Though involved mainly at the point of care delivery, patients have more recently begun advising in module development, learning sessions, and evaluations. Every new module includes patient or family representation to ensure that the module reflects patient values. During train-the-trainer sessions, patients and family members speak at the beginning of each session to ensure that patients are the focus of improvement. Several patients participate in each learning session, after they have been oriented to the session’s focus. Patients have contributed to survey design for modules. Patient Voices Network members (described above) provide input to the survey team. Thus, patients are able to contribute meaningfully to program development and delivery at all stages.

Measurement challenges.
Although measurement is seen as central to improvement, it has sometimes been difficult to reach consensus on the best measurement practices, especially when the desired data is unavailable. We often measure what we can get rather than what we want.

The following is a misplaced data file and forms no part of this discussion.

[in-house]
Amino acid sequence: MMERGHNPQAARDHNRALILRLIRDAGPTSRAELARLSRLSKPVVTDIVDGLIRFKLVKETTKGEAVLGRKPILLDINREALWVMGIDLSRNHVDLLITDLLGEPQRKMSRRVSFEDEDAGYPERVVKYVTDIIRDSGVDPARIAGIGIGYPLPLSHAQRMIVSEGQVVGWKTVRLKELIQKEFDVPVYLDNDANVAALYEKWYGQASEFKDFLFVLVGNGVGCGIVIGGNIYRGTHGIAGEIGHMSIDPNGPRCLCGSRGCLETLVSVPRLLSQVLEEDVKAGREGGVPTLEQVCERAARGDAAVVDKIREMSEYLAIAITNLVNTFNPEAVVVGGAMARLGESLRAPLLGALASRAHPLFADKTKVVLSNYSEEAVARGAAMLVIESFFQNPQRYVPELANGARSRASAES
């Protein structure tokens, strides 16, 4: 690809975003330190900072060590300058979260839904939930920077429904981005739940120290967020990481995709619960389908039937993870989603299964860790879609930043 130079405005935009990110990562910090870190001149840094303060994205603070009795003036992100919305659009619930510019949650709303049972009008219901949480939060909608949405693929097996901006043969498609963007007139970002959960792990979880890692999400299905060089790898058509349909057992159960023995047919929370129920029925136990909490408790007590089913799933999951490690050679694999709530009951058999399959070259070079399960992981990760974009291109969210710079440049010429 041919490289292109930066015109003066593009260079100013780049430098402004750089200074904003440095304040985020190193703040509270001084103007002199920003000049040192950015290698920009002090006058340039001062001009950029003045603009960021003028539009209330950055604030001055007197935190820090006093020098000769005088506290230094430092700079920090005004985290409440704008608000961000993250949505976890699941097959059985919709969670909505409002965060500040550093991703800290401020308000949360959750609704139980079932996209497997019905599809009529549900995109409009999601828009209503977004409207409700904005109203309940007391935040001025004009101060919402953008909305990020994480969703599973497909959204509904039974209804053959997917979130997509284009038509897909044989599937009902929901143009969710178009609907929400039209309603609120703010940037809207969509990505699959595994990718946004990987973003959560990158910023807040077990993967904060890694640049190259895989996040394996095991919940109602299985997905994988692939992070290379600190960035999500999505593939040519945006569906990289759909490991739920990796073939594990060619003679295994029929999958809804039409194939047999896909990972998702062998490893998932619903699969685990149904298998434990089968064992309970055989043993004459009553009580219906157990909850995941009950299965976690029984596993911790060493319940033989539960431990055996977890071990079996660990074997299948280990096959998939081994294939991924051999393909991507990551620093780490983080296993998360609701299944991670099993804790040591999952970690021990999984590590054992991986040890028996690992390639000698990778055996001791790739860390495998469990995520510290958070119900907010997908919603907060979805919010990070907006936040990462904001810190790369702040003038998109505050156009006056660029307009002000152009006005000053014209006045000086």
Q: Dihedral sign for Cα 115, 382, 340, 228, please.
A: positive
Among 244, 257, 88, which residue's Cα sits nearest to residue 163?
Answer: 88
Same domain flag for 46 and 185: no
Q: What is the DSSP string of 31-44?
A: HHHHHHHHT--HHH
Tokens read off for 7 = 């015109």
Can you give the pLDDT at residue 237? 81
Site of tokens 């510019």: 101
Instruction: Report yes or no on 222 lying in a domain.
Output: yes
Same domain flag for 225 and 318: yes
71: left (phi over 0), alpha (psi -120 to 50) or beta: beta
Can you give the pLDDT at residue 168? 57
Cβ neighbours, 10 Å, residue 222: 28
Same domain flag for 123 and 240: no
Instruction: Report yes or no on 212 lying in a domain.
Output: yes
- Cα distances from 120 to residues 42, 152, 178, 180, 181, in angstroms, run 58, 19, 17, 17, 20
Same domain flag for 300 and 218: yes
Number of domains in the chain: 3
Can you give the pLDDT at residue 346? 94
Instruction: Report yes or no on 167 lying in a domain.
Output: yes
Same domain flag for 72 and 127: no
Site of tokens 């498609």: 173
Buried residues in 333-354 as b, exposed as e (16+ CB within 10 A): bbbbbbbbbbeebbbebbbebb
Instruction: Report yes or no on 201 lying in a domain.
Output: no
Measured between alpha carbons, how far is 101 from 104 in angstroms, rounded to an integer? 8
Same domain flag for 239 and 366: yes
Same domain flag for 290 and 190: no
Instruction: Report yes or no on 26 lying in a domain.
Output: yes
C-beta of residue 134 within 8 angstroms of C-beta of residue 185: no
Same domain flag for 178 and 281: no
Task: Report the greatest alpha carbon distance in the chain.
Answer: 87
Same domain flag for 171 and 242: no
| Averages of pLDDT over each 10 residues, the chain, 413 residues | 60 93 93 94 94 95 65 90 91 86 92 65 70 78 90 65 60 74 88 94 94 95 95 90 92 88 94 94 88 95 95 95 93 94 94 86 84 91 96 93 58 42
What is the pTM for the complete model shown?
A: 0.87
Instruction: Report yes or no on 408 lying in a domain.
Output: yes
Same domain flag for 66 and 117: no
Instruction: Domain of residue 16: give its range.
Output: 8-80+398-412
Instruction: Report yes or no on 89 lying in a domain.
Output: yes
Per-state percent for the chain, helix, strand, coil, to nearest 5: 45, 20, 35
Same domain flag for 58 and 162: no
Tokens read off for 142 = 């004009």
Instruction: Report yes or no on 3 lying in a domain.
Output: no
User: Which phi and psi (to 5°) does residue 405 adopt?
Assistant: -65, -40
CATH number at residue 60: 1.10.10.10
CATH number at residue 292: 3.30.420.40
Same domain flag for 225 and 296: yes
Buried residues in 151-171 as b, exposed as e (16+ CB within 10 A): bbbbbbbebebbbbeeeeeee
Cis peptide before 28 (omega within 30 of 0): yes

Ongoing measurement in a busy physician’s office has been challenging. A robust measurement system does not currently exist. One method of supporting physician office measurement is through deploying Regional Support Teams, who work with individual physician offices to troubleshoot measurement barriers. We expect that measurement capability will increase with the increase in use of electronic medical records across BC.

As more modules are adopted, physicians and the Regional Support Teams experience improvement and measurement fatigue. Though wanting to remain engaged, practitioners find it difficult to continually incorporate new ways of doing things into already busy practices. Data access and privacy also present issues and problems that need to be addressed in BC.

Other challenges include the difficulty in obtaining direct patient feedback for end-of-life care. As this would put too much strain on the patient, family members are involved instead. It is also very difficult to obtain patient input for the Child and Youth Mental Health module, even from teens, as it requires written parental permission. Instead we use parent representatives and young adults (over 19 years of age).

Current State and Moving Forward